The launch of Internet Explorer 11 as part of Windows 8.1 and more recently for Windows 7, brings new ways to speed up the overall web browser experience. One of them involves predicting which web site will be clicked on next by the user and pre-rendering that page ahead of time.
In a new blog post, Microsoft goes over how this is accomplished with IE11. It states:
The predictions are done using our understanding of browsing patterns, user browsing habits, and common cues in Web pages, like “next” links and pagination. Bing’s extensive knowledge of the Web and data mining help make these predictions laser sharp.
If you have IE11 installed, you can check out a demo of how this page prediction method works with a new IE Test Drive website. It features images of European landmarks on each of its pages that have large file sizes that can take several seconds to load in other web browser. However, those same pages are rendered nearly instantly in IE11.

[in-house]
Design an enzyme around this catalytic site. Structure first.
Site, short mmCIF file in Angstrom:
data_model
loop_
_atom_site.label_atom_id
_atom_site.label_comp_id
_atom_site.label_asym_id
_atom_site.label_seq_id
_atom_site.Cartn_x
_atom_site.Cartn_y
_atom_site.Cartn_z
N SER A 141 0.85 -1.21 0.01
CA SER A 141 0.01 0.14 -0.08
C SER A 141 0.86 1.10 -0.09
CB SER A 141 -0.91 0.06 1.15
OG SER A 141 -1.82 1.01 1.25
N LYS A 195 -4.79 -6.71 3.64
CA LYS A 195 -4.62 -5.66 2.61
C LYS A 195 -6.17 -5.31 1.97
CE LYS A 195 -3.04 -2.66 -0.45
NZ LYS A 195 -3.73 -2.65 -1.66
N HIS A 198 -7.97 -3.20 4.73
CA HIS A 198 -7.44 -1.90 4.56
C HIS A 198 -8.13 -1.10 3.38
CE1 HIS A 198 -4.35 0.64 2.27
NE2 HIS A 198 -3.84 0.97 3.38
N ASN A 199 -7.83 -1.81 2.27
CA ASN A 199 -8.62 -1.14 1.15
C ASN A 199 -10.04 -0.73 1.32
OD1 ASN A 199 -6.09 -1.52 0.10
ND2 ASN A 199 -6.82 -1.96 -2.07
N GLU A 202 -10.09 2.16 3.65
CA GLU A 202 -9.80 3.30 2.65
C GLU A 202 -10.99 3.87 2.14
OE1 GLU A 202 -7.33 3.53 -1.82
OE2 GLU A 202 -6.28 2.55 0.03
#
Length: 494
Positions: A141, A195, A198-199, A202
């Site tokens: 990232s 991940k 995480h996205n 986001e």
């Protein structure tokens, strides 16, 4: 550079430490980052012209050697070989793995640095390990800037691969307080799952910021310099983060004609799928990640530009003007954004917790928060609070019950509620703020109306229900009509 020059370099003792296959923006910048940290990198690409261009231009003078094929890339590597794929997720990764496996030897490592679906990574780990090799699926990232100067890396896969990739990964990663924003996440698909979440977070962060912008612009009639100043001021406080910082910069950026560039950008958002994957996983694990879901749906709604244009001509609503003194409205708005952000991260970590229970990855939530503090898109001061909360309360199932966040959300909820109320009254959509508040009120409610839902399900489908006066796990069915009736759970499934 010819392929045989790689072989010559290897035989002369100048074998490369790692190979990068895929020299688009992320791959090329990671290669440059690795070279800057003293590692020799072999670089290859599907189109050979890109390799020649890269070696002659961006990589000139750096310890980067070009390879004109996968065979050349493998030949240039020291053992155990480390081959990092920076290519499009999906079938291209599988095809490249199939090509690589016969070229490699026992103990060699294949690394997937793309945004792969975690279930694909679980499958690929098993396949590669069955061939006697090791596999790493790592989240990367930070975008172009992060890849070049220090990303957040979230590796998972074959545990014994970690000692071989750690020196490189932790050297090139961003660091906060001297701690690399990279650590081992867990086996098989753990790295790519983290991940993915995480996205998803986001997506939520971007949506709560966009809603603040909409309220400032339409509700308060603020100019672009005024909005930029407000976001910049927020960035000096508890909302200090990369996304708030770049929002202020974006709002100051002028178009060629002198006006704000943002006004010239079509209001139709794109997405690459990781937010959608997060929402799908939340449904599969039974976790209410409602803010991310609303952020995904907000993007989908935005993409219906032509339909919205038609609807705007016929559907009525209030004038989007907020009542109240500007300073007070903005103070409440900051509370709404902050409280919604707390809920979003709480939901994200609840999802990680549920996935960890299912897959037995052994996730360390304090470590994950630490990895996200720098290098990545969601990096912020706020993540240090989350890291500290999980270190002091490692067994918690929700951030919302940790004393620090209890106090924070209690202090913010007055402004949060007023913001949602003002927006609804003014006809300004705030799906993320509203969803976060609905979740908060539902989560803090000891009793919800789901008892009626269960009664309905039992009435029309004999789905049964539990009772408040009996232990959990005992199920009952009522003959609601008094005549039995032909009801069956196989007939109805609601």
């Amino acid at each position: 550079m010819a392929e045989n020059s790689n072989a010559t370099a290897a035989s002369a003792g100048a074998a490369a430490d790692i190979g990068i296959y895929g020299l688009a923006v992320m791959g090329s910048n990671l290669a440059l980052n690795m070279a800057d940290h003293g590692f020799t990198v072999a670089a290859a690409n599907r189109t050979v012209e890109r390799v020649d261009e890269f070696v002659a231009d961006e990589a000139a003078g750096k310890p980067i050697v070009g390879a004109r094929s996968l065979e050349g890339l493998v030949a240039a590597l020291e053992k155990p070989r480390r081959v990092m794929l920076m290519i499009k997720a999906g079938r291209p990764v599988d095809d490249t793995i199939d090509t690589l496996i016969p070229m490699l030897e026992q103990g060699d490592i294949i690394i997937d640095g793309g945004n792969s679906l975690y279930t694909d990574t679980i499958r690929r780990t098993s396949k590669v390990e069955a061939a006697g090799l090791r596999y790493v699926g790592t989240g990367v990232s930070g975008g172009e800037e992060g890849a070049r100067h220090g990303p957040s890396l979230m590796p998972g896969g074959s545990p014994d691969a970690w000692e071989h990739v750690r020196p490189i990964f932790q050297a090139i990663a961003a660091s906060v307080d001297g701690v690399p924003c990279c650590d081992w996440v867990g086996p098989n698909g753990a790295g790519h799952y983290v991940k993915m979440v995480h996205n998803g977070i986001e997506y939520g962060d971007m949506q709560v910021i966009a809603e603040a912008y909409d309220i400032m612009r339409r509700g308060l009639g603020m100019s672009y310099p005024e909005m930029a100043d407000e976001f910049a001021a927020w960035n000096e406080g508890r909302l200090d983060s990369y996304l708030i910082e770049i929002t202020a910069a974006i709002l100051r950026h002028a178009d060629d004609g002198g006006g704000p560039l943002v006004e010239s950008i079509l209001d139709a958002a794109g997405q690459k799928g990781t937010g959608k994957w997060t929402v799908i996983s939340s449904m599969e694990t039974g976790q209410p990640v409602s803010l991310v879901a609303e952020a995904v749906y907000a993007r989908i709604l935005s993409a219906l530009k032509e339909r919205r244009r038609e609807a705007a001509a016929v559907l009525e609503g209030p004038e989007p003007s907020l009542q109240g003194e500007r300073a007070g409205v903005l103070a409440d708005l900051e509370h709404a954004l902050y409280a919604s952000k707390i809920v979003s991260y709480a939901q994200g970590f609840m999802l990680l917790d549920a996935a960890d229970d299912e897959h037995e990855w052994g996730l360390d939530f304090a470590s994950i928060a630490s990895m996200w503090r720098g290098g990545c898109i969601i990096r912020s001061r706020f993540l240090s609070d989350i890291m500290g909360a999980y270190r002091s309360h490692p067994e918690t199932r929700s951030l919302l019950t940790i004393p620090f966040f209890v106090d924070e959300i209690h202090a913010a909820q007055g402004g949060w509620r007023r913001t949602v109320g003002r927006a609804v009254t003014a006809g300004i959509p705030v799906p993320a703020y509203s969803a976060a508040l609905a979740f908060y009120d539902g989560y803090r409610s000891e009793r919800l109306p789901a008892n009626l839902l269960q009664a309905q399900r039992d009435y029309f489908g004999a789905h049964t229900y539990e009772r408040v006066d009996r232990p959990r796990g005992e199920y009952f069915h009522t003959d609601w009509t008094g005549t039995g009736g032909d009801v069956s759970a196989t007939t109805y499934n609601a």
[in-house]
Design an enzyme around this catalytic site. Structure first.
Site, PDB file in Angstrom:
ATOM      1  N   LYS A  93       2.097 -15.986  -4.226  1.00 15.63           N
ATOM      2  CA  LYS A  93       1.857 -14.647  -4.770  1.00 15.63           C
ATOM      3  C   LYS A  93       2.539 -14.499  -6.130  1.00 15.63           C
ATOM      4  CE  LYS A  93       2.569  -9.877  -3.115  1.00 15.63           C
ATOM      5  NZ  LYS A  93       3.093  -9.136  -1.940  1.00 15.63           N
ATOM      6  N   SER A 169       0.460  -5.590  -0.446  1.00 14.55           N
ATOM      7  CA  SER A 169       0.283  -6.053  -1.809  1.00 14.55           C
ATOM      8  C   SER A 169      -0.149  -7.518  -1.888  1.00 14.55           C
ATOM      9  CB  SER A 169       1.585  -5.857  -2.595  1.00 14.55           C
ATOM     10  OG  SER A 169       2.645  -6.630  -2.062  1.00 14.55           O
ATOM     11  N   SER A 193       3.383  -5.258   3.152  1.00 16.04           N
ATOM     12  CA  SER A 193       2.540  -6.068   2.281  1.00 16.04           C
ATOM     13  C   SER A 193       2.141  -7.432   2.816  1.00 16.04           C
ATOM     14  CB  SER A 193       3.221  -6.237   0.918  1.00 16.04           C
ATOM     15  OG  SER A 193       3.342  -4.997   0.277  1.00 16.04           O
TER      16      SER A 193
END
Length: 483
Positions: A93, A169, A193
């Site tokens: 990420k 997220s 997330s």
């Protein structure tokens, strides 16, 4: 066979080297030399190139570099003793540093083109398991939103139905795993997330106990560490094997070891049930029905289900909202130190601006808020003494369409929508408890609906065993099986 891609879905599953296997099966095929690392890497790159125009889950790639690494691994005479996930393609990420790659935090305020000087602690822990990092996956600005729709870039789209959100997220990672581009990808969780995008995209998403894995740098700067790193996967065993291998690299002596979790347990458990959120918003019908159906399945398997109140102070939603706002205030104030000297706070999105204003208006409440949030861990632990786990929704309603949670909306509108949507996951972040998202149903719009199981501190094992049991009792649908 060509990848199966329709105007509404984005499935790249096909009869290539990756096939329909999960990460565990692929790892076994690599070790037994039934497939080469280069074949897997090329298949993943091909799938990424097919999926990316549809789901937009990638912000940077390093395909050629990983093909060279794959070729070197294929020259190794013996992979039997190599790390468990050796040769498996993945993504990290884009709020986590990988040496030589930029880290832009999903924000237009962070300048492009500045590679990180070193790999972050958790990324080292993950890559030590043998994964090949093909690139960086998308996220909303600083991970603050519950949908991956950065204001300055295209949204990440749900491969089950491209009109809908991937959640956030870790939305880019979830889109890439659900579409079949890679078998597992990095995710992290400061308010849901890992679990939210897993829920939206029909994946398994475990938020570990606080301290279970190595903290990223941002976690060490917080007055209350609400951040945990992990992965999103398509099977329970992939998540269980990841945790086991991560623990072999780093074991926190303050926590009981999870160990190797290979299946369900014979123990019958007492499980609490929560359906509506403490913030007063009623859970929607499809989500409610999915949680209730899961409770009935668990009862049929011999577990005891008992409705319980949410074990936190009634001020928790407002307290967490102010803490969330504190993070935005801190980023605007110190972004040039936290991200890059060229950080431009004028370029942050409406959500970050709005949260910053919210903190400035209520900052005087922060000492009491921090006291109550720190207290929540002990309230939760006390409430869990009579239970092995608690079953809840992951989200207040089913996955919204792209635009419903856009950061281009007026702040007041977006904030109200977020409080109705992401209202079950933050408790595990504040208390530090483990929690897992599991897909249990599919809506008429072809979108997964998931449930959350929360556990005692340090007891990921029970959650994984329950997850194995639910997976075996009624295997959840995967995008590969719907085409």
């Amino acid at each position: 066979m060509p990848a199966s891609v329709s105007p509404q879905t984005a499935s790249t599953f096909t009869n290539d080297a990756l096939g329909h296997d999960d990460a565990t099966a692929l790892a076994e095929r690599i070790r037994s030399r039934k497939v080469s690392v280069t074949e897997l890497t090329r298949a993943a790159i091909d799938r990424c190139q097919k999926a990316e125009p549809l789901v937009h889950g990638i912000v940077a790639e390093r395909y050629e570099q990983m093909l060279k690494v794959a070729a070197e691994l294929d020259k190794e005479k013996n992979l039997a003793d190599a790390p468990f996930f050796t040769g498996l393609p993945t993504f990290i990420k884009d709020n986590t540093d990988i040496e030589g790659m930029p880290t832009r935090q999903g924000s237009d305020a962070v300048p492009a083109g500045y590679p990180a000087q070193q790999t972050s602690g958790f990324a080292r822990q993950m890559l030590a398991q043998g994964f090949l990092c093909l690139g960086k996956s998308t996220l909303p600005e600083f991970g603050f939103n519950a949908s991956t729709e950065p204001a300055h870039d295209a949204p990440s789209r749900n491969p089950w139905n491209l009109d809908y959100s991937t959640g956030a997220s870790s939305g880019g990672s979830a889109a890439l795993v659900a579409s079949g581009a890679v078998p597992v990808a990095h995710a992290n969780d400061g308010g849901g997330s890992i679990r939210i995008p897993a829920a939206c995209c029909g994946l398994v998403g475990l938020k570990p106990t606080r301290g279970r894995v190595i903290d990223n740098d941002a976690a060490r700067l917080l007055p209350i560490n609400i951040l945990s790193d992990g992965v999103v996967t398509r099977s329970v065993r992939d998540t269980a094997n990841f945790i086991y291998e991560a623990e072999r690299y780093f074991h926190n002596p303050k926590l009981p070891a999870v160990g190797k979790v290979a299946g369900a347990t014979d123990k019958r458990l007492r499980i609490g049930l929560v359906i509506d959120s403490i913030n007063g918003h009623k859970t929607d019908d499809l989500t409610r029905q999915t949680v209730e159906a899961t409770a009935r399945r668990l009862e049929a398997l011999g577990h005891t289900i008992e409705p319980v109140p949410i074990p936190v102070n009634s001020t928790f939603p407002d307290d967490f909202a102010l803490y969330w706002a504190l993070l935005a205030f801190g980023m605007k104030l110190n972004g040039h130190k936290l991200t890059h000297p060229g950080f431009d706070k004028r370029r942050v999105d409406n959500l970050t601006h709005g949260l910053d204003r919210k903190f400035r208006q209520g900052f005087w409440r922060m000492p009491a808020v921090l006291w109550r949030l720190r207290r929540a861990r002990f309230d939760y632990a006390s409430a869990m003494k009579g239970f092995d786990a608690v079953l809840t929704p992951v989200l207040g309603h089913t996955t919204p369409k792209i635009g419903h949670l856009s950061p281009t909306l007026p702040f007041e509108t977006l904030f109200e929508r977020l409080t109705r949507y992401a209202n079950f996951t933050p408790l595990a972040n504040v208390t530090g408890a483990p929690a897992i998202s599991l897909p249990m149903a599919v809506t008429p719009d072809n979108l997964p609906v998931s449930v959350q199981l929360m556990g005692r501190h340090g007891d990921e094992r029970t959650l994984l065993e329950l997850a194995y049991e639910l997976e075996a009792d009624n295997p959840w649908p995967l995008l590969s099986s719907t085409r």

Web site designers can also use a "prerender" tag in links on their pages so that when a IE11 user surfs to the site, the browser can begin to pre-render the page in the background so that it can load quicker when a person clicks on that link. Microsoft says this is accomplished without compromising battery life on a tablet or notebook PC.
The blog also talks about IE11's support for the experimental SPDY/3 protocol, which is also designed to help with page loading times. The blog states, "SPDY/3 implements multiplexing of request / responses on a single connection. SPDY/3 improves page load time by removing the limitation on number of outstanding requests and by using a 'warm' connection for each parallel download."
Source: Microsoft | Image via Microsoft